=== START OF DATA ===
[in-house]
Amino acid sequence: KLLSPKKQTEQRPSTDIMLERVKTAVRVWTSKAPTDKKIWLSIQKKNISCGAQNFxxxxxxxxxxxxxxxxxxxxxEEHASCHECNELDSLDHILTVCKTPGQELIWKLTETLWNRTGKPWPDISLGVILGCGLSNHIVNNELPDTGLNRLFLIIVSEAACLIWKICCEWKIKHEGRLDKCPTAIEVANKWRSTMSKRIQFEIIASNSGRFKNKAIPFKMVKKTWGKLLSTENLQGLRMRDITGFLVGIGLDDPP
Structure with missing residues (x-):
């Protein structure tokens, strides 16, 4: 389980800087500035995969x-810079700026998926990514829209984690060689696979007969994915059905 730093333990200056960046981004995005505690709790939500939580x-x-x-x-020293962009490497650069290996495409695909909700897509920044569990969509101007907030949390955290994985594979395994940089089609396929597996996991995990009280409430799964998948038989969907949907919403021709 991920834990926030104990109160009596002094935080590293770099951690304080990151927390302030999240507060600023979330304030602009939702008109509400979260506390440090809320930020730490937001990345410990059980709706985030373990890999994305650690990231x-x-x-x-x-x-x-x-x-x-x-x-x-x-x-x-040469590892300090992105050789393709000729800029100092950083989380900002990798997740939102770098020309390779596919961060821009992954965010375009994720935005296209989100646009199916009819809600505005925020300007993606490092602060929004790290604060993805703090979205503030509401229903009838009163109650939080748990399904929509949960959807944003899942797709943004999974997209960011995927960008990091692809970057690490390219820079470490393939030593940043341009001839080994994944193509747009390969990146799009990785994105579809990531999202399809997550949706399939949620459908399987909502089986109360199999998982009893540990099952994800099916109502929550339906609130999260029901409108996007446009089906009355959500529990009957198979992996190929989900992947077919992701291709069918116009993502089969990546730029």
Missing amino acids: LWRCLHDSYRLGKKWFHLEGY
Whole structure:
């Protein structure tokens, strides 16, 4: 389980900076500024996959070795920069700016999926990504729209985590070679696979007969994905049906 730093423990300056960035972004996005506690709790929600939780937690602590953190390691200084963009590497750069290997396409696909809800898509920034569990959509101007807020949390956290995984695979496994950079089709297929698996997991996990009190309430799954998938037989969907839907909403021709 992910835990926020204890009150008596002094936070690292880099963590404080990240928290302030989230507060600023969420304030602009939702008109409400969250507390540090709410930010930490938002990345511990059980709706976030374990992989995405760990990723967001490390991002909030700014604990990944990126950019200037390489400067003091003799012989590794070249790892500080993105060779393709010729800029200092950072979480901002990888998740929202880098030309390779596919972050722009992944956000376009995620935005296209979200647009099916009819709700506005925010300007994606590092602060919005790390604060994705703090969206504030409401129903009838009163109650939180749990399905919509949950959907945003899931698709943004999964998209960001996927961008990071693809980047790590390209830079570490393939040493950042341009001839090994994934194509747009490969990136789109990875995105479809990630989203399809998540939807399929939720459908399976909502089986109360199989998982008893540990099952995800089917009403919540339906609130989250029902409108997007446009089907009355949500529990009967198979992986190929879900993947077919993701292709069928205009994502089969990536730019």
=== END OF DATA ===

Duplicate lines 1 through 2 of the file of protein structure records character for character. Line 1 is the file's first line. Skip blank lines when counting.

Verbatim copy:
[in-house]
Amino acid sequence: KLLSPKKQTEQRPSTDIMLERVKTAVRVWTSKAPTDKKIWLSIQKKNISCGAQNFxxxxxxxxxxxxxxxxxxxxxEEHASCHECNELDSLDHILTVCKTPGQELIWKLTETLWNRTGKPWPDISLGVILGCGLSNHIVNNELPDTGLNRLFLIIVSEAACLIWKICCEWKIKHEGRLDKCPTAIEVANKWRSTMSKRIQFEIIASNSGRFKNKAIPFKMVKKTWGKLLSTENLQGLRMRDITGFLVGIGLDDPP